Originally a private residence, this semidetached building, subtly designed in the 16th century manner of Italian classicism, faces the intersection of 17th Street and Massachusetts Avenue with an entrance façade set diagonally to the two streets. The interior details, especially the stairs, paneling and doors, also draw one's attention.


Chancery Location

1700 Massachusetts Ave. NW,
Washington, DC 20036-1903


Original and Subsequent Owners

In 1859, the first owner of the building was Hallet Kilbourn. Construction on the building began in the spring of 1909 and was completed in June 1910. He sold the property to Timothy Gannon for the sum of twelve hundred and fifty (1,250) dollars.

Decades later, in 1946, the M.R. Corporation sold the building to His Majesty George VI, in right of the Commonwealth of Australia. In 1971, the reception room on the ground floor, and library and drawing room on the first floor, were partitioned for offices.

On January 31, 1973, the Government of Australia sold the property to the Republic of Peru.

The architect

              Jules Henri de Sibour

              Jules Henri de Sibour

The architect in charge of construction was Jules Henri de Sibour (1872-1938), the son of Vicomte Gabriel de Sibour and the former Mary Louisa Johnson of Belfast, Maine. He was born in France. “Through his father he was descended from King Louis XVI of France.” (The Evening Star, 11-4-38) As a young boy, de Sibour was brought to America, where he attended St. Paul’s School in New Hampshire and Yale University. In 1898, he married Margaret Marie Clagett, daughter of Mr. and Mrs. William H. Clagett, of Washington, D.C. They had three sons: Henri Louis, Jacques Blaise, and Jean Raymond.

In 1899, de Sibour went to Paris to study architecture at the École des Beaux Arts. One year later, he returned to the United States and began practice in New York City. He was taken into a partnership in 1902 or 1903 with Bruce Price, a noted New York architect. About seven years later, he moved to Washington, D.C.

Jules Henri de Sibour was one of the National Capital’s most successful and prolific architects during his 30 years of practice. His designs in Washington, D.C., include the Wilkins, Hibbs, F. H. Smith, and Investment office buildings; the Chevy Chase Club; the University Club; and the Riggs Theatre and Office Building. He also designed the French Embassy (2221 Kalorama Road, N.W.); the Moore Residence (Canadian Chancery, 1746 Massachusetts Avenue, N.W.); and the Stewart Residence (Embassy of Luxembourg, 2200 Massachusetts Avenue, N.W.).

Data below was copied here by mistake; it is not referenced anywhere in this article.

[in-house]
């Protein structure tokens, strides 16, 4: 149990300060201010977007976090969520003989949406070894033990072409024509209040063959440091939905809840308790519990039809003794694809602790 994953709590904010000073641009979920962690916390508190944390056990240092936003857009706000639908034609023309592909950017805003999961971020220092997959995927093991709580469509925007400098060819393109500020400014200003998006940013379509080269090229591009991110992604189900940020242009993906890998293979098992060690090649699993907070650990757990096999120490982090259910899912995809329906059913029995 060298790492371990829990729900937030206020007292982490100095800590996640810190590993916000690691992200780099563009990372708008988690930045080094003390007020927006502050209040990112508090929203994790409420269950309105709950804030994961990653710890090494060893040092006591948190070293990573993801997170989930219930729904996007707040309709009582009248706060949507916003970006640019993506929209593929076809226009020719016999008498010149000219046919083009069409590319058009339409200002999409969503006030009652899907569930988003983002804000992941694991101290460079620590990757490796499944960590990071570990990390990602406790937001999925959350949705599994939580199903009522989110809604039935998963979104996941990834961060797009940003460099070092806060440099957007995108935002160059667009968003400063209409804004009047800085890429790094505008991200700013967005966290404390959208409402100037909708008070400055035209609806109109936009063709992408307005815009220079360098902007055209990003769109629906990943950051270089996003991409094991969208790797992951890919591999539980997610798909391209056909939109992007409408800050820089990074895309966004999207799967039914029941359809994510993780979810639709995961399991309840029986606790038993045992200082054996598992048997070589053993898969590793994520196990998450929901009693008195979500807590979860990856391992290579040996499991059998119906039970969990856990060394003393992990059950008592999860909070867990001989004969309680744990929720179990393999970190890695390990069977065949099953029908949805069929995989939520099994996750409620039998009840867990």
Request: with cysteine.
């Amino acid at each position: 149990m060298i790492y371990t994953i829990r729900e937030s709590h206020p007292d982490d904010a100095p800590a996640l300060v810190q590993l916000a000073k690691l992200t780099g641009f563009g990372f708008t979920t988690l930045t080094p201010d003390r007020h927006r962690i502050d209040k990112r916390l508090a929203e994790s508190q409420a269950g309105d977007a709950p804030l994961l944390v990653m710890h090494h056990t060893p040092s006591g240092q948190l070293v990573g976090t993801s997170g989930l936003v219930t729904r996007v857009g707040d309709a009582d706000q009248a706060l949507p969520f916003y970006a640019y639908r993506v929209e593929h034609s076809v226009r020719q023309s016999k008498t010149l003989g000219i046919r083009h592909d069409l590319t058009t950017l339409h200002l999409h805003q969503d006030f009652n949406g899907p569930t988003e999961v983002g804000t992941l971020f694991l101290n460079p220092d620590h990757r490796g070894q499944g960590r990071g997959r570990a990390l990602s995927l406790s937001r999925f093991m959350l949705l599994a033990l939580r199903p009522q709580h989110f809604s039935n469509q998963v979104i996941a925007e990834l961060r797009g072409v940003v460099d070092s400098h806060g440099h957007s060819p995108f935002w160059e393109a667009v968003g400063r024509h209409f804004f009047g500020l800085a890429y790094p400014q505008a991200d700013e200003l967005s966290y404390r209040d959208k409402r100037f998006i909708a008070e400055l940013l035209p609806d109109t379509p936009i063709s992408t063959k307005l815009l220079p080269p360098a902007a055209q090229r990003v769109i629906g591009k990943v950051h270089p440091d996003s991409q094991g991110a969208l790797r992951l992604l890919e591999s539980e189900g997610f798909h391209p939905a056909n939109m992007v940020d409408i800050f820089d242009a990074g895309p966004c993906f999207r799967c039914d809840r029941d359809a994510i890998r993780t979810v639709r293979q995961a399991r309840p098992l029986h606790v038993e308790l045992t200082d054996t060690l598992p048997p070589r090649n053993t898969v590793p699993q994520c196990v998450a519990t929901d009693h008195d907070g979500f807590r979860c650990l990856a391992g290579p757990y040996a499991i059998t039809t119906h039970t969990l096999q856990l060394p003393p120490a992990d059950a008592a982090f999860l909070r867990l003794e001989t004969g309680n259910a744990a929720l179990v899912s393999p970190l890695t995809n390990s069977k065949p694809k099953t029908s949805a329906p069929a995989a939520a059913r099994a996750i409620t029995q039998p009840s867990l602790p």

Prominent Occupants

One of the occupants of the building was Beriah Wilkins, born in Union County, Ohio, in 1846 and married in 1870 to Emily J. Robinson, also of Ohio. After serving in the Ohio State Senate, Wilkins was elected to the U.S. Congress in 1883 and subsequently re-elected for two more terms. In Congress, Wilkins was Chairman of the Committee on Banking and Currency. In 1894, he acquired an interest in The Washington Post and in 1899 became its majority shareholder. Wilkins worked as editor and publisher until his death in 1905.

Mrs. Emily J. Wilkins, widow of Beriah, bought the property for 1700 Massachusetts Avenue in 1908 and applied for a building permit in 1909. She died the year of its completion, leaving the residence and its furnishings to her son John F. Wilkins, Sr., born in 1872.

After his graduation from Princeton in 1894, Wilkins worked for The Washington Post as reporter, “sports editor, assistant city editor, manager of the now defunct Weekly Post, secretary of the Post Publishing Co., and, from 1903 to 1905, as co-publisher of the daily Post with his brother, Robert C. Wilkins.” (The Washington Post, 12-16-41) In October 1905, John R. McLean bought the controlling interest of the Post.

Socially prominent, Wilkins was the president of the Chevy Chase Club from 1914 to 1918 and member of the Board of Governors of the Metropolitan Club from 1914 to 1919. He died at his Massachusetts Avenue home in 1941, leaving his wife, Julia; son John F. Wilkins, Jr.; and daughter, Catherine Wilkins Newbold.

Julia C. Wilkins (1876-1957), the former Julia Crittenden Harris of Richmond, Virginia, married John F. Wilkins, Sr., in 1905 and became “one of the best known hostesses in Washington.”

Previous Structure on the Site

City directories and building permits indicate that a grocery store with the address 1700 Massachusetts Avenue, N.W. was located there between 1873 and 1899.

Architectural Information

This semidetached residence, with a mid- l6th century Italianate exterior, has 17th century English interior details. The exterior is preserved, the interior partitioned for offices.


Exterior Description

The four-story plus basement structure measures 59'-6" from sidewalk to cornice cap. The three bay, 39'-21" wide, entrance façade breaks forward diagonally to the three bay, 43'-0" east elevation (17th Street) and the three bay, 24'-6" north elevation (Massachusetts Avenue). The building depth from the entrance facade is approximately 56'-1".

Wall construction: The limestone-faced basement has a torus water table which supports a plain frieze and moulded cap. The horizontally rusticated ground floor is separated from the smoothly dressed first and second floors by a frieze, corona and cyma string course. A cyma string course acts as second floor window sill. The third floor, with alternating windows and incised panels, rests on an omega frieze and cyma string course. The south and west elevations are exposed brick.